The Top 7 Big Pharma Buyouts of 2010

M&A action continues to be hot this year

   
The Top 7 Big Pharma Buyouts of 2010

After the stock market’s gut-wrenching dive in late 2008 and the beginning of 2009, some of the first signs of life we saw were in the pharmaceutical sector in the form of acquisitions, mergers and buyouts. First came the massive M and A between Pfizer and Wyeth, then Roche-Genentech and Merck-Schering Ploug – all in the first few months of last year.

While things have cooled off a bit in big pharma, there is still some major acquisition action going on in 2010. Here’s a scorecard of the biggest merger and acquisition deals so far this year:

2010 Pharma Buyout # 7 –Abraxis

Price Tag – $2.9 billion

Buyer – Celgene

Celgene Corporation (NYSE: CELG) announced its merger with Abraxis BioScience Inc. (NASDAQ: ABII) on June 30.  The acquisition of Abraxis added Abraxane Injectable Suspension to Celgene’s already impressive portfolio of cancer products. The move was made in an attempt to make Celgene the world leader in oncology products – an increasingly important segment of the healthcare and pharmaceutical business.

A price of $2.9 billion was settled on by the two pharmaceutical companies.  The acquisition greatly strengthened Celgene’s global position, and allows the company to more effectively treat those suffering from breast cancer, as well as solid tumor malignancies which are often seen in lung and pancreatic cancer.

2010 Pharma Buyout # 6 –Valeant

Price Tag – $3.3 billion

Buyer – Biovail Corp.

In June, Canadian company Biovail Corp. (TSE: BVF) acquired drug producer Valeant Pharmaceuticals International (NYSE: VRX).  Valeant is best known for its skin cancer and epilepsy drugs, and the new company retained the name Valeant Pharmaceuticals International.  It was decided that Biovail’s shareholders would control 50.5% of the company, while Valeant’s would posses 49.5%.

The final price of the merger fell in the ballpark of $3.3 billion, with a price of $42.77 decided for Valeant’s shares.  The new company is said to have a yearly earnings of nearly $1.75 billion.

2010 Pharma Buyout # 5 –Piramal

Price Tag: $3.7 billion

Buyer:  Abbott

Piramal Healthcare Limited’s Healthcare Solutions business was acquired by Abbott Laboratories (NYSE: ABT) in May.  Piramal is a leader in the branded generics market of India, and the buyout made Abbott the top player in the Indian pharmaceutical market – one of the biggest areas of growth potential in the world.

Abbott agreed to an up-front payment of $2.1 billion for the Indian company, along with payments of $400 million for each of the next four years.  Along with the acquisition of Solvay Pharmaceuticals, Abbott has positioned itself as a major player in the global pharmaceutical community.

2010 Pharma Buyout # 4 – SSL

Price Tag: $3.9 billion

Buyer: Reckitt Benckiser

As much a consumer products company as a healthcare stock, Reckitt Benckiser (PINK: RBGPY) acquired SSL International in July to gain its profitable lines of Durex condoms and Dr. Scholl foot care products. As a result, Reckitt expanded its health and personal care revenue by nearly 36%.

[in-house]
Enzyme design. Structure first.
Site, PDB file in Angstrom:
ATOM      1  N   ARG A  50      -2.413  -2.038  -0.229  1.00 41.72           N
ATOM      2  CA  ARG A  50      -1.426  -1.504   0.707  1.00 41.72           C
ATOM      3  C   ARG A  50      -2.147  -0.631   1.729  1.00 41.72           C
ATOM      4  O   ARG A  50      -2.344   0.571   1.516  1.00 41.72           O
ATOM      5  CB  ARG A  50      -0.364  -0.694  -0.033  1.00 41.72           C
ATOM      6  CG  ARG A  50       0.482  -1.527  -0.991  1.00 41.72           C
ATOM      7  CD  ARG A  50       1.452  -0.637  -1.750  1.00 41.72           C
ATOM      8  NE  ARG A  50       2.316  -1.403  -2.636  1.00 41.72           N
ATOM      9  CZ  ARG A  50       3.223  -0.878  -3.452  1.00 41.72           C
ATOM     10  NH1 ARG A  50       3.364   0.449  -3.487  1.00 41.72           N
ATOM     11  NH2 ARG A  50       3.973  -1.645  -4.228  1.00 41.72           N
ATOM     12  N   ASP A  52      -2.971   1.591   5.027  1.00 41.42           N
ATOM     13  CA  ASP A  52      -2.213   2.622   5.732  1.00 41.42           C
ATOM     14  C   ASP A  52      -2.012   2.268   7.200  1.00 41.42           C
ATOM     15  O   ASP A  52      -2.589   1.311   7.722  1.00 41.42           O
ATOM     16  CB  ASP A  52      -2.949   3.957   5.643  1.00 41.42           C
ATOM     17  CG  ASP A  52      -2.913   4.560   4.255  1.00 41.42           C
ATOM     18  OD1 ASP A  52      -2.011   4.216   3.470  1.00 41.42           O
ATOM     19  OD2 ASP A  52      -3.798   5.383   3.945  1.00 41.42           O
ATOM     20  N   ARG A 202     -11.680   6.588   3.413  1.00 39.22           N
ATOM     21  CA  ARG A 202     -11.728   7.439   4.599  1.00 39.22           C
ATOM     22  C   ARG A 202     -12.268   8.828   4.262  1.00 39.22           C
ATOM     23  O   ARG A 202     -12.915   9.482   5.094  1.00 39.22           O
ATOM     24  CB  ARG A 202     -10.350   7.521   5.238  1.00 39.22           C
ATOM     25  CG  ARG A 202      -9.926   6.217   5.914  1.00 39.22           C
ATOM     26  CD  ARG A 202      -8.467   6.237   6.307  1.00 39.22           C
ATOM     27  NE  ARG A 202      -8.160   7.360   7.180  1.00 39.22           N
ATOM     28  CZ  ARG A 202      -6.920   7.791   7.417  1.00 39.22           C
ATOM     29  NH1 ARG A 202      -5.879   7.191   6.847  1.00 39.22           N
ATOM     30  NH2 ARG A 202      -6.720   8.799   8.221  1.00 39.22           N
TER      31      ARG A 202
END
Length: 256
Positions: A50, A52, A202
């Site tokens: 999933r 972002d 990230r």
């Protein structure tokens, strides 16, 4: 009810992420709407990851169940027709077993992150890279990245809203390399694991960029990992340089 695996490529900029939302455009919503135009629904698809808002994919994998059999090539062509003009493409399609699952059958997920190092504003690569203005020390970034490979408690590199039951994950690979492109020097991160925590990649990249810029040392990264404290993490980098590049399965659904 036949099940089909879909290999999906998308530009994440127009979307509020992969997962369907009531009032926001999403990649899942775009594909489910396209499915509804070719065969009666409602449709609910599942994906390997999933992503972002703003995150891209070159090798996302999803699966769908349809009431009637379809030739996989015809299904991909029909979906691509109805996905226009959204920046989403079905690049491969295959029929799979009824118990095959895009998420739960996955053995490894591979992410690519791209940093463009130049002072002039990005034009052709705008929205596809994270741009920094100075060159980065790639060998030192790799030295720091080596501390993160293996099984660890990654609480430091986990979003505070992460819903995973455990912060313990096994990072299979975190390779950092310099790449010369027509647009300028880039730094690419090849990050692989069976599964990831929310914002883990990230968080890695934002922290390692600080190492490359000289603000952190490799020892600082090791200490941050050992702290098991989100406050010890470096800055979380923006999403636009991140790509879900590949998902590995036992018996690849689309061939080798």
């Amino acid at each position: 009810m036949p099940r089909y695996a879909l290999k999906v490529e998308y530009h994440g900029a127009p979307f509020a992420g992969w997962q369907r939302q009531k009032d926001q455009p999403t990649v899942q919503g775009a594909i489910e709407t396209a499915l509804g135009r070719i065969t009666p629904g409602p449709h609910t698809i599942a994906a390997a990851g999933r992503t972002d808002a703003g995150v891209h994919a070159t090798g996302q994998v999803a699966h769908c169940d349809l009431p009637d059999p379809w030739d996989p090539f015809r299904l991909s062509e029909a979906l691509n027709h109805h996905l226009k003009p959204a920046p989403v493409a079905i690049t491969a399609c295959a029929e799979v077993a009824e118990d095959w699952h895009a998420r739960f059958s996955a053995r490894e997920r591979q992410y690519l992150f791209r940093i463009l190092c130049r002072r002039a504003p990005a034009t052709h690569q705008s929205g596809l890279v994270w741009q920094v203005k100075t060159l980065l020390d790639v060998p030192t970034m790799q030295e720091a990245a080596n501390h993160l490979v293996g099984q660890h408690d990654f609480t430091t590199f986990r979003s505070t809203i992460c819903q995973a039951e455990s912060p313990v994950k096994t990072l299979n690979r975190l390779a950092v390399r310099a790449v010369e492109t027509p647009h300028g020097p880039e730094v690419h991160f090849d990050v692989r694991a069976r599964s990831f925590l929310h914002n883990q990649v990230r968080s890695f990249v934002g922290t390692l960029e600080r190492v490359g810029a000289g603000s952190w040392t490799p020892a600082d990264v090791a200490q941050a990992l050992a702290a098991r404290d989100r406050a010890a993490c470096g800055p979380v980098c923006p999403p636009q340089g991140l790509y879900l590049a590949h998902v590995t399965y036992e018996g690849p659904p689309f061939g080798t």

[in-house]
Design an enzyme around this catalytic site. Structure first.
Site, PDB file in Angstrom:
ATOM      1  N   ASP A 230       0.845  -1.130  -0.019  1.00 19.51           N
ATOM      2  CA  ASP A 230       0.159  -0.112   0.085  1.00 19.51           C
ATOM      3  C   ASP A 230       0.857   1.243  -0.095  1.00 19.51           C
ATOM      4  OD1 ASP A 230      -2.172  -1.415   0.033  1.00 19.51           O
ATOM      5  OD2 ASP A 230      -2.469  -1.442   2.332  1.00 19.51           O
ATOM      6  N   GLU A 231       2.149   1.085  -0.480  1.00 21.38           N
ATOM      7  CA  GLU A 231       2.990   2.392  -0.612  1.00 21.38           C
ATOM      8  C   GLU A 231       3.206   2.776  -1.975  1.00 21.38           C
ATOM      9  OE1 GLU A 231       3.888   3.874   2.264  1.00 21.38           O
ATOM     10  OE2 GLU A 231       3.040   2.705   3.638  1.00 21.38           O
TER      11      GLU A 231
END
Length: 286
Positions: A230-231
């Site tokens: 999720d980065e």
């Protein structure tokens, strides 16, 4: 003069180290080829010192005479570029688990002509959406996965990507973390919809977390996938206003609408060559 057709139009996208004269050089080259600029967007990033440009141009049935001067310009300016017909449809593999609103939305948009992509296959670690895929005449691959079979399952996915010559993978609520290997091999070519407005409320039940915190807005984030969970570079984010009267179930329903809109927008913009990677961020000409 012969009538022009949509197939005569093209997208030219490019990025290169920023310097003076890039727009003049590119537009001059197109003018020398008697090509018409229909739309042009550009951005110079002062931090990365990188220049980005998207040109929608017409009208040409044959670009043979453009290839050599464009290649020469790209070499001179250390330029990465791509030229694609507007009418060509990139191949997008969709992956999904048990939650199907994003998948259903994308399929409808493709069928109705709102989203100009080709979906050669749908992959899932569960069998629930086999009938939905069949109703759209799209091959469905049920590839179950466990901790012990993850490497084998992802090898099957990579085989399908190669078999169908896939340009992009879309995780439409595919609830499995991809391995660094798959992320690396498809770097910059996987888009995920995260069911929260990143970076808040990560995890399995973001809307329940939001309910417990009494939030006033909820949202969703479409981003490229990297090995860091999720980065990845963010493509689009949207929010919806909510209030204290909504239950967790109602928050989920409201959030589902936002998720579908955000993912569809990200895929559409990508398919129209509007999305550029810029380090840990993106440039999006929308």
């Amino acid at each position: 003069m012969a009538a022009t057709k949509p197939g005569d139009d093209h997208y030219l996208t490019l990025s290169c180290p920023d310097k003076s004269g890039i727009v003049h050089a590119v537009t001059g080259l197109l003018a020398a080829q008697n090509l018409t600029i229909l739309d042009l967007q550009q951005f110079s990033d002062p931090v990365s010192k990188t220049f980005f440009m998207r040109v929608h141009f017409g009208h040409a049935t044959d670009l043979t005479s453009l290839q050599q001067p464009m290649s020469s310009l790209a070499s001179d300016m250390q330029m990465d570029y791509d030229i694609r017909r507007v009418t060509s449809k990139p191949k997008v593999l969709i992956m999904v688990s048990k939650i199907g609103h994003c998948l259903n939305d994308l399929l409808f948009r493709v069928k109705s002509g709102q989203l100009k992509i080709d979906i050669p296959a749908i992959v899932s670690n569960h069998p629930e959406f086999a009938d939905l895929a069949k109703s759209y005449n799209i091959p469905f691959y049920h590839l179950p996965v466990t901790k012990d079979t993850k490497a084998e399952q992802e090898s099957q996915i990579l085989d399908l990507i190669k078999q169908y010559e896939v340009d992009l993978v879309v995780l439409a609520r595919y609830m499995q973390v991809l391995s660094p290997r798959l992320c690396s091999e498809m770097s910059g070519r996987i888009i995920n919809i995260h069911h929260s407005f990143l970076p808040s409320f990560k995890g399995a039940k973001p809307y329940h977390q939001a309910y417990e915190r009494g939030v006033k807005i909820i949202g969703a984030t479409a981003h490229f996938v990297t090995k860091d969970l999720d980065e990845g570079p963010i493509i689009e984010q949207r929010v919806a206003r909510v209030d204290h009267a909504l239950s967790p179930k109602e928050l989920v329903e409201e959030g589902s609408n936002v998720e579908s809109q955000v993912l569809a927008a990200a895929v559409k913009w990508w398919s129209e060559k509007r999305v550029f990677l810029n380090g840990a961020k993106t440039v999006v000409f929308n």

The final price tag on the acquisition was around $3.9 billion, and Reckitt agreed to pay 33% more than each share’s actual price.  Reckitt bought out the British condom and insole producer in hopes to offset the drop in revenue expected when generic versions of Reckitt’s flagship drug Suboxone (a heroin-dependency drug) hit shelves after a an October patent expiration.

2010 Pharma Buyout # 3 – OSI

Price Tag – $4.0 billion

Buyer: Astellas

Japanese pharmaceutical company Astellas Pharma Inc (PINK: ALPMY) purchased the U.S. owned OSI Pharmaceuticals (NASDAQ: OSIP) in May.  OSI is known for its drug Tarceva, which is used to target pancreatic and lung cancer.  The acquisition gave Astellas, which is Japan’s second largest drug maker, a solid position in the U.S. market.

Astellas made an original offer of $3.5 billion for OSI, but later upped its offer to $4.0 billion, or $57.50 a share.  The deal came about one year after Astellas failed to acquire American heart-drug maker CV Therapeutics for $1.4 billion.

2010 Pharma Buyout # 2 – Ratiopharm

Price Tag: $4.9 billion

Buyer: Teva

Israeli drug maker Teva Pharmaceuticals (NASDAQ: TEVA) won the bidding war for German-owned Ratiopharm back in March. The acquisition makes Teva the world’s largest producer of generic drugs by sales. Ratiopharm is the world’s fourth largest generic drug maker, and was the largest in Germany — a country in which Teva previously had no position.

Ratiopharm was purchased for $4.9 billion, and the combined company will have revenue of approximately $16 billion. Teva outbid competitor Pfizer (NYSE: PFE), which proposed buying the German company for “only” $4.1 billion.

2010 Pharma Buyout # 1 – Millipore

Price Tag: $7.0 billion

Buyer: Merck

Pharmaceutical and chemical company Merck (NYSE: MRK) completed the acquisition of life science company Millipore on Feb. 28.  Millipore’s products and services are used for drug discovery, process development and drug manufacturing. Merck acquired Millipore for approximately $7.0 billion.

The companies decided on a price of $107 that was paid in cash per share for Millipore’s common stock. The buyout became official after Millipore’s shareholders approved the acquisition.

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Article printed from InvestorPlace Media, http://investorplace.com/2010/08/top-big-pharma-buyouts-2010/.

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